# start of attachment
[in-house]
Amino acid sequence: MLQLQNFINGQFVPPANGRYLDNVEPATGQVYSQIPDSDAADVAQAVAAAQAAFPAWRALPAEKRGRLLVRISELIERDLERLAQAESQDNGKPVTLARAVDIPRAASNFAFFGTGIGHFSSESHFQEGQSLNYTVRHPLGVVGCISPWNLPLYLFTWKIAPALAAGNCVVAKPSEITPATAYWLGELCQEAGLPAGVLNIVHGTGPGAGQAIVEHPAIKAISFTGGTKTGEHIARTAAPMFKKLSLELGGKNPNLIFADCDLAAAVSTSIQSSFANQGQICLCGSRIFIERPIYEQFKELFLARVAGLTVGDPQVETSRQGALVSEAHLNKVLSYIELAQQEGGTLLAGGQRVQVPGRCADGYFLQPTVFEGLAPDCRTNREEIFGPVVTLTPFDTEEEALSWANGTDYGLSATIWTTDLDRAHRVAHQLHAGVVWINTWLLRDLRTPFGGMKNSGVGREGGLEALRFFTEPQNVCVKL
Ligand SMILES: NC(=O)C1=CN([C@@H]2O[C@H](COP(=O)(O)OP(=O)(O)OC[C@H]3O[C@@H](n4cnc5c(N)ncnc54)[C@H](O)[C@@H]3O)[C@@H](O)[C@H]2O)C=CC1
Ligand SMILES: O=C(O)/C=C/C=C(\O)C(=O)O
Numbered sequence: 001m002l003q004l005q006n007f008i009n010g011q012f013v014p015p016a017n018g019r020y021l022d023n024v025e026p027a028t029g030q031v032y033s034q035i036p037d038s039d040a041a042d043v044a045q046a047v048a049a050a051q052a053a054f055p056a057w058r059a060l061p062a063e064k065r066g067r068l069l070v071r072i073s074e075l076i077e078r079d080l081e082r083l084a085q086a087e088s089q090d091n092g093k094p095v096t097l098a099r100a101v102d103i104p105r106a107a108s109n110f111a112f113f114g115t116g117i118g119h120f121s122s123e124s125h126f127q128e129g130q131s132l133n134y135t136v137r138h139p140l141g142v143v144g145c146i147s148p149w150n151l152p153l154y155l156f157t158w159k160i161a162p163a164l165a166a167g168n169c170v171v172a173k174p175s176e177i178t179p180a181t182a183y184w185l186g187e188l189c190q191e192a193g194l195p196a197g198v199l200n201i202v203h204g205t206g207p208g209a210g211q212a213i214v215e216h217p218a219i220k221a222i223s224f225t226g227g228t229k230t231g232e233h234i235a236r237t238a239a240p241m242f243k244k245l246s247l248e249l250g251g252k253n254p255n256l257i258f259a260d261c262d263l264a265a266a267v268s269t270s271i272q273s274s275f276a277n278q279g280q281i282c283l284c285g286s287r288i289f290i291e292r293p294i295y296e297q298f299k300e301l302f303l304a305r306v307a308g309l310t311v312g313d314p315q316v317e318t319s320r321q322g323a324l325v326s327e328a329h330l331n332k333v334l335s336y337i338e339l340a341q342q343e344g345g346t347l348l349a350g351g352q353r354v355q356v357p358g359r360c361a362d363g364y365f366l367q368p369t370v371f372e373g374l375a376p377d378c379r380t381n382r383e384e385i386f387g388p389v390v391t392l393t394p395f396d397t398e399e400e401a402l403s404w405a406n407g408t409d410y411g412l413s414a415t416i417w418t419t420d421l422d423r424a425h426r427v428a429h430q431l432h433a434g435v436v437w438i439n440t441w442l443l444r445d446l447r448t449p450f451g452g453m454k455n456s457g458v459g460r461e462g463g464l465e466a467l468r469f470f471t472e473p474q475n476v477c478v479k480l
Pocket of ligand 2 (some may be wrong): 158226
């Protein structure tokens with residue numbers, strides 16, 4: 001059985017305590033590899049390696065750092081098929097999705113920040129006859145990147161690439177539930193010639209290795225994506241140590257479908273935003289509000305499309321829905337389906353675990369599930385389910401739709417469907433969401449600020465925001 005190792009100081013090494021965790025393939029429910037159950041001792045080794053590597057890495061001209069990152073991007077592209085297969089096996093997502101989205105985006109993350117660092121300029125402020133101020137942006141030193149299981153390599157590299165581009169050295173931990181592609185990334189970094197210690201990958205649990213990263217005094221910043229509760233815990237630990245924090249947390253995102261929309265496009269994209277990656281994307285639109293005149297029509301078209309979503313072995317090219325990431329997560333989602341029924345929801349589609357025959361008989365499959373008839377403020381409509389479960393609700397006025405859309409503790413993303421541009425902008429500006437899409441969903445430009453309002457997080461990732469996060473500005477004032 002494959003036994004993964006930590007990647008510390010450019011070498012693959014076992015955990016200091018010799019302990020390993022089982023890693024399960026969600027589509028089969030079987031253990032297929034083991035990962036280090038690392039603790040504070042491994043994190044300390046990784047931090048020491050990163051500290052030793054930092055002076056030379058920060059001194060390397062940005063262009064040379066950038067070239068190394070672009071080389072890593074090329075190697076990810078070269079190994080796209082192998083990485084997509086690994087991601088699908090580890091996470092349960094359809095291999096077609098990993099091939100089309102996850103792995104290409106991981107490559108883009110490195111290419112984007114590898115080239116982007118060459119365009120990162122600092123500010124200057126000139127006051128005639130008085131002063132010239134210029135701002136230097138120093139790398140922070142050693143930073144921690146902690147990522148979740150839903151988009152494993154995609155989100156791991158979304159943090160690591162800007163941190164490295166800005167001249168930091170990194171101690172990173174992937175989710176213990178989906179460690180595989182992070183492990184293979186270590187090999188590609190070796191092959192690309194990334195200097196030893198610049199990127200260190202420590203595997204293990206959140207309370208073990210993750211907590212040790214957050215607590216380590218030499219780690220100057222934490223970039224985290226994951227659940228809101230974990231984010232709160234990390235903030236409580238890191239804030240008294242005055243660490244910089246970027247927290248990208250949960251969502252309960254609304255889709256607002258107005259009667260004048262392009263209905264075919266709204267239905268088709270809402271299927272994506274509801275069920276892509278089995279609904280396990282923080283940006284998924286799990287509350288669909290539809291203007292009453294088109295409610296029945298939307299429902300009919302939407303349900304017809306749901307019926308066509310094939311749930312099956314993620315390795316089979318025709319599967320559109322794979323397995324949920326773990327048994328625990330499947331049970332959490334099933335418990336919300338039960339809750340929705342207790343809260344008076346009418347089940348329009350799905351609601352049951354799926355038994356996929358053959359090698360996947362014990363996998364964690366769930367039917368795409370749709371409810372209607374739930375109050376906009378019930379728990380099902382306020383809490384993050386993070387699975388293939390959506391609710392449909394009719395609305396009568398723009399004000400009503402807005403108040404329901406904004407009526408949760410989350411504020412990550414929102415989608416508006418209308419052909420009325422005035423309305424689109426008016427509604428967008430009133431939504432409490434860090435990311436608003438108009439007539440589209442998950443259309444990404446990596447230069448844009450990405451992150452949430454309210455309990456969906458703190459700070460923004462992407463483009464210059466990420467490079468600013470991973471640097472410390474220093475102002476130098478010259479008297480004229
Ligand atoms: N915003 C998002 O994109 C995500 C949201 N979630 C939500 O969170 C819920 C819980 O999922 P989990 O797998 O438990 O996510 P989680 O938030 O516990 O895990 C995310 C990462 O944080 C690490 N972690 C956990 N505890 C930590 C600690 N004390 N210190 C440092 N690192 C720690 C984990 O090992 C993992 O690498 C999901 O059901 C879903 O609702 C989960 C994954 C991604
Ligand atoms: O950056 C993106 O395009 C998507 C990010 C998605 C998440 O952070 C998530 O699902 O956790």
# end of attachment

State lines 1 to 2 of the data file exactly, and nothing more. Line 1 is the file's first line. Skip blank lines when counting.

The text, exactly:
[in-house]
Amino acid sequence: MLQLQNFINGQFVPPANGRYLDNVEPATGQVYSQIPDSDAADVAQAVAAAQAAFPAWRALPAEKRGRLLVRISELIERDLERLAQAESQDNGKPVTLARAVDIPRAASNFAFFGTGIGHFSSESHFQEGQSLNYTVRHPLGVVGCISPWNLPLYLFTWKIAPALAAGNCVVAKPSEITPATAYWLGELCQEAGLPAGVLNIVHGTGPGAGQAIVEHPAIKAISFTGGTKTGEHIARTAAPMFKKLSLELGGKNPNLIFADCDLAAAVSTSIQSSFANQGQICLCGSRIFIERPIYEQFKELFLARVAGLTVGDPQVETSRQGALVSEAHLNKVLSYIELAQQEGGTLLAGGQRVQVPGRCADGYFLQPTVFEGLAPDCRTNREEIFGPVVTLTPFDTEEEALSWANGTDYGLSATIWTTDLDRAHRVAHQLHAGVVWINTWLLRDLRTPFGGMKNSGVGREGGLEALRFFTEPQNVCVKL